[Skip to Content]
[Skip to Content Landing]
July 1972

Total Colon AganglionosisReport of Nine Cases

Author Affiliations

Los Angeles
From the Department of Surgery, Childrens Hospital of Los Angeles and the University of Southern California School of Medicine, Los Angeles.

Arch Surg. 1972;105(1):74-78. doi:10.1001/archsurg.1972.04180070072015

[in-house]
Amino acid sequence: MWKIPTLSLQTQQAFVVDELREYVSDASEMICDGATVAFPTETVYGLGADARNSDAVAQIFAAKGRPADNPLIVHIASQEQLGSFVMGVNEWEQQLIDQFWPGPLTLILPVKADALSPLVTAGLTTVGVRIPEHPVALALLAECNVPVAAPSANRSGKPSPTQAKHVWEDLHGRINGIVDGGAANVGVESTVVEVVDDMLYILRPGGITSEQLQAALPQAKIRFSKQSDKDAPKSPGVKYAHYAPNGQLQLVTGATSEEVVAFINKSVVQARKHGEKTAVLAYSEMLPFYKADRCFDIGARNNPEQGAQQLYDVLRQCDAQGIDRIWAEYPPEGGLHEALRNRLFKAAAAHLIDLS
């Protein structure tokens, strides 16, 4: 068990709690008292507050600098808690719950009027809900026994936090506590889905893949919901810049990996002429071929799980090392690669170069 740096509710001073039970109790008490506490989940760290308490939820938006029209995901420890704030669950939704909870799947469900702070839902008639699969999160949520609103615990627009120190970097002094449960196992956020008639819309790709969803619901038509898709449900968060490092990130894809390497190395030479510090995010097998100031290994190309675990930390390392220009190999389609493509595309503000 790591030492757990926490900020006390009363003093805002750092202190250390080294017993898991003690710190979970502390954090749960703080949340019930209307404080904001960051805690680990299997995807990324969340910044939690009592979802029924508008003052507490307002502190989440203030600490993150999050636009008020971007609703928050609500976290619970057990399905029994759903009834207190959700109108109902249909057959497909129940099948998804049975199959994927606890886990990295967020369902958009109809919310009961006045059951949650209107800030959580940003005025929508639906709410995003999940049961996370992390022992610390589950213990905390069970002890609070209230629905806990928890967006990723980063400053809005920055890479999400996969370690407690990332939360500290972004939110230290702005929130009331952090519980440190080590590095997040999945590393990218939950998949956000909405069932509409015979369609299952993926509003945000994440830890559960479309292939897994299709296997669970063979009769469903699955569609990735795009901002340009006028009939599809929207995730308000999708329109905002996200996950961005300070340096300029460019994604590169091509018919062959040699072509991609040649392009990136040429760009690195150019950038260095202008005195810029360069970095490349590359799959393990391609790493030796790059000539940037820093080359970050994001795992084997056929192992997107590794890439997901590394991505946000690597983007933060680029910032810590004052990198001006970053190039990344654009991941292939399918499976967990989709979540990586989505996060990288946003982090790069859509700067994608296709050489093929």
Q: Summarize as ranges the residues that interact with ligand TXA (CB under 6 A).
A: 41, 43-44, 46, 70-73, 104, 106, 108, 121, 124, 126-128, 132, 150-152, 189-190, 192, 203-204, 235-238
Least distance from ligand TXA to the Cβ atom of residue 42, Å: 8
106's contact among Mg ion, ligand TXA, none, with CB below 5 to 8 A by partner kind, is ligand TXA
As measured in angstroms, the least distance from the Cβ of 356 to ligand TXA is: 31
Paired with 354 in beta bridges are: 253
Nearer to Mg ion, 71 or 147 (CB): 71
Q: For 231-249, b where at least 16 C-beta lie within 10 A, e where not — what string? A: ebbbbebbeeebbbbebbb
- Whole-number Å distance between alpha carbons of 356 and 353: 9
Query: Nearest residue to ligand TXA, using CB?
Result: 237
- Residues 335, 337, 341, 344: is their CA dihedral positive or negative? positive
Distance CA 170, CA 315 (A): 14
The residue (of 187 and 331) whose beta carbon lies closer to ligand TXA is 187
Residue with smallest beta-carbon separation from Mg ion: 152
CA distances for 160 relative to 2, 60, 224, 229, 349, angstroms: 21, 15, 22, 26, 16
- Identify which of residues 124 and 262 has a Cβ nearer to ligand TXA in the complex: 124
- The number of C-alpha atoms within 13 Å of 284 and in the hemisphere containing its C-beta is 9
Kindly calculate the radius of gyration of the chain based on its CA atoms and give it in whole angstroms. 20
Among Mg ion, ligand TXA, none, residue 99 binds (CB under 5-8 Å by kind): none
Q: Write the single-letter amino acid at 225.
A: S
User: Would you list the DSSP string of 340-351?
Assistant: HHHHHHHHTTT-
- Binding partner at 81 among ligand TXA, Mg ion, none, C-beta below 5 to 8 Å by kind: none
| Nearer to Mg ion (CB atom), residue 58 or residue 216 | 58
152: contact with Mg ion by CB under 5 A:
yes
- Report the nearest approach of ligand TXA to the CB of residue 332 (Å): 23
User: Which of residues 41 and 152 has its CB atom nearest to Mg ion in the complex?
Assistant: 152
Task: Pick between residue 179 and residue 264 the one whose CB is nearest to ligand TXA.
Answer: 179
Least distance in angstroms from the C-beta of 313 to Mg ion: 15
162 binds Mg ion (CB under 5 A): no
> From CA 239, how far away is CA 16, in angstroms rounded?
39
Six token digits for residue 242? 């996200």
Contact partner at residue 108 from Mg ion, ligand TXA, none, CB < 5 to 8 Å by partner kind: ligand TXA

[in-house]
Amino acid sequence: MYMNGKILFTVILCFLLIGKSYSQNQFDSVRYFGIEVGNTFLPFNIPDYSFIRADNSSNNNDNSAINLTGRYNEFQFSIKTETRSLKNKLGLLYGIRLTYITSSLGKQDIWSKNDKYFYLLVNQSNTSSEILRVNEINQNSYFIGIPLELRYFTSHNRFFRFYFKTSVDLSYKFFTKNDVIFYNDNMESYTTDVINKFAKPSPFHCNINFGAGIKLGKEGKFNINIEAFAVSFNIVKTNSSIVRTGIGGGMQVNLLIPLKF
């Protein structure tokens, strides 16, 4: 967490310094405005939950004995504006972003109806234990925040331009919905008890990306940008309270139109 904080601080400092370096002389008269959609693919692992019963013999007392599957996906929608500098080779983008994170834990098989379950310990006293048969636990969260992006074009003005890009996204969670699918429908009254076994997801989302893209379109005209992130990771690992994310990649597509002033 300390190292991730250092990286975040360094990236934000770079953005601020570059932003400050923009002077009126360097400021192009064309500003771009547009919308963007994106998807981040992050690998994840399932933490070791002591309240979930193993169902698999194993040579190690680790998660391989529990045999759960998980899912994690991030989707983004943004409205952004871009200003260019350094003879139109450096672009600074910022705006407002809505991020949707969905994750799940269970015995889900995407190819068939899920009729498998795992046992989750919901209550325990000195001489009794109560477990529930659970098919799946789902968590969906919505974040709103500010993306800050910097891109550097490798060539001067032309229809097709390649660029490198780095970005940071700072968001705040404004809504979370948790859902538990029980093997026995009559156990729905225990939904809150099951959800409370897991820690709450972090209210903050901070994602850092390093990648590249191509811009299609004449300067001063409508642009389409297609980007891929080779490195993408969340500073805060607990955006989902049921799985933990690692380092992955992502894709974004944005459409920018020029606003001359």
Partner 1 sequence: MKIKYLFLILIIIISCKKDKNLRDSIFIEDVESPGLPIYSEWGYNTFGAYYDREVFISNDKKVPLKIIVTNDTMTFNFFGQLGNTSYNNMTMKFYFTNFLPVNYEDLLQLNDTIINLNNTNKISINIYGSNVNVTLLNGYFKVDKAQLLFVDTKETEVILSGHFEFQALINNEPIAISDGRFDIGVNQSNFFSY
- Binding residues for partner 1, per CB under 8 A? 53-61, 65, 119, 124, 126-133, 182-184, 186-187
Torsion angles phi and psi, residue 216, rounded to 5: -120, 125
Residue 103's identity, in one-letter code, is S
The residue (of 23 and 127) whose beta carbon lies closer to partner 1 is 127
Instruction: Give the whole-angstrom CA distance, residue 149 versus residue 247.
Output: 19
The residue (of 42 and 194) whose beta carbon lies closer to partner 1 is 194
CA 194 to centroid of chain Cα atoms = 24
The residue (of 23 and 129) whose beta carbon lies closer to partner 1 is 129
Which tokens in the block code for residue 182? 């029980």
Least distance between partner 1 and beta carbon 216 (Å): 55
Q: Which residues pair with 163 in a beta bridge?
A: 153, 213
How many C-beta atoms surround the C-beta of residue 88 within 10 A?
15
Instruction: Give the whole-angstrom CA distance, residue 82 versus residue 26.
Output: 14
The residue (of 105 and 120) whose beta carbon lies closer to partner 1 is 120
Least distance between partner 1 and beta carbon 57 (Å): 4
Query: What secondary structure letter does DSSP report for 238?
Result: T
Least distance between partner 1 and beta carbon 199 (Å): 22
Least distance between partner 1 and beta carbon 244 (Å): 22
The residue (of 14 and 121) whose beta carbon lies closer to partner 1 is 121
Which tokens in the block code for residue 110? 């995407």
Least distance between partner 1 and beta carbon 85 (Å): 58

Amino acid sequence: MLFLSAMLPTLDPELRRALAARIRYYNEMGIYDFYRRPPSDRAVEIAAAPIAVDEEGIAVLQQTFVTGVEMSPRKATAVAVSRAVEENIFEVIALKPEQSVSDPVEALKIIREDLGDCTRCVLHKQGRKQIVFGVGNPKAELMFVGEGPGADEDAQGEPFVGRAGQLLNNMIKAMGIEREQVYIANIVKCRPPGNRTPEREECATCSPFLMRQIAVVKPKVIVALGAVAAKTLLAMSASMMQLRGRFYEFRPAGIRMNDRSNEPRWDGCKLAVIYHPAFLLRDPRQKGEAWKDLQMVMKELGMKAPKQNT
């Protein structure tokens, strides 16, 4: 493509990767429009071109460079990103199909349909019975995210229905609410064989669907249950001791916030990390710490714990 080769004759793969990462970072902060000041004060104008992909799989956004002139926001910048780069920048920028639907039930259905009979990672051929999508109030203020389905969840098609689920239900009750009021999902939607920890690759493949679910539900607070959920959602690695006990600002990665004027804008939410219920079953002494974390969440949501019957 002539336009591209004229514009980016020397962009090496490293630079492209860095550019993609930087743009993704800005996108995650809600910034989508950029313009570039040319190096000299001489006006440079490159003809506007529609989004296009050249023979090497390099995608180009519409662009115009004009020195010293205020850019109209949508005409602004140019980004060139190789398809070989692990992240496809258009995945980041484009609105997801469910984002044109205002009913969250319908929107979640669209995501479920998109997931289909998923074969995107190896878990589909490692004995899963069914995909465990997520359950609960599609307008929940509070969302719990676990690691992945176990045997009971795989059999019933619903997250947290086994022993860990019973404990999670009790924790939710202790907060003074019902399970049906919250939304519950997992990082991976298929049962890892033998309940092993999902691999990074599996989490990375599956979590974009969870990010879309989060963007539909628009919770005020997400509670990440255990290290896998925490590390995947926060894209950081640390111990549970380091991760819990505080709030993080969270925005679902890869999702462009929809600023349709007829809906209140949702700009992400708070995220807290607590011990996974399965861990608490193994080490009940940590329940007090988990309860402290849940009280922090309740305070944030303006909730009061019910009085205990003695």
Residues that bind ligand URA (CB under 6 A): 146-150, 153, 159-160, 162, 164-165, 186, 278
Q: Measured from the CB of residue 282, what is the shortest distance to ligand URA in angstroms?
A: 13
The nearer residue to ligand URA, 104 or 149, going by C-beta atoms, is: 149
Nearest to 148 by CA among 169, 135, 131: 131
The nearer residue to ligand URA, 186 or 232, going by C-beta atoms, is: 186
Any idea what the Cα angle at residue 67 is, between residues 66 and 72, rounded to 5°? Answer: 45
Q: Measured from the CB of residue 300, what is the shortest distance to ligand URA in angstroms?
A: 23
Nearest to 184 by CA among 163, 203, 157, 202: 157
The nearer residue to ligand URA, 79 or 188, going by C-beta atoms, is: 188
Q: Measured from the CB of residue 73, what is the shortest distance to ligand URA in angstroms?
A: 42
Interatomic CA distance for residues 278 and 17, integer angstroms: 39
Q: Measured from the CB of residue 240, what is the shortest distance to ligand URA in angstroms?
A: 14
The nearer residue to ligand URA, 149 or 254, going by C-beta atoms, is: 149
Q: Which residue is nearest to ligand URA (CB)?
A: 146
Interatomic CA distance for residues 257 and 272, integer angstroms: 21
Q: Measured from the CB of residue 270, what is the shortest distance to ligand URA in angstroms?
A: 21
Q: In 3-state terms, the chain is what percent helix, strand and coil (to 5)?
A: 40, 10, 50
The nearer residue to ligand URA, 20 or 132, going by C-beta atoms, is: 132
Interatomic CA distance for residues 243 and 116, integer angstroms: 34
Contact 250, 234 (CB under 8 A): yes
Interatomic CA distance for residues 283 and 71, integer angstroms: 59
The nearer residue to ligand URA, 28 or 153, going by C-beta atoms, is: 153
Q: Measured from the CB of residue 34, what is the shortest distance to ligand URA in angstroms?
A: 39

Nine infants had aganglionosis of the entire colon. Bile-stained vomiting was the most consistent symptom. The bowel evacuation pattern varied from normal meconium passage with subsequent diarrhea to total obstipation. Plain roentgenograms showed a partial or complete small bowel obstruction, and results of the barium enema (seven patients) were interpreted as normal in four and suggestive of total aganglionosis in three. Intraoperative findings consisted of dilated small bowel, which becomes narrow in its terminal portion, and a small or normal colon. There were two deaths, one with aganglionosis of the entire intestine and one incorrectly diagnosed. Initial therapy in six of the patients was an ileostomy in ganglionic bowel, and final operative treatment was either a Swenson or Duhamel procedure. One patient who had an associated ileal atresia has a permanent ileostomy.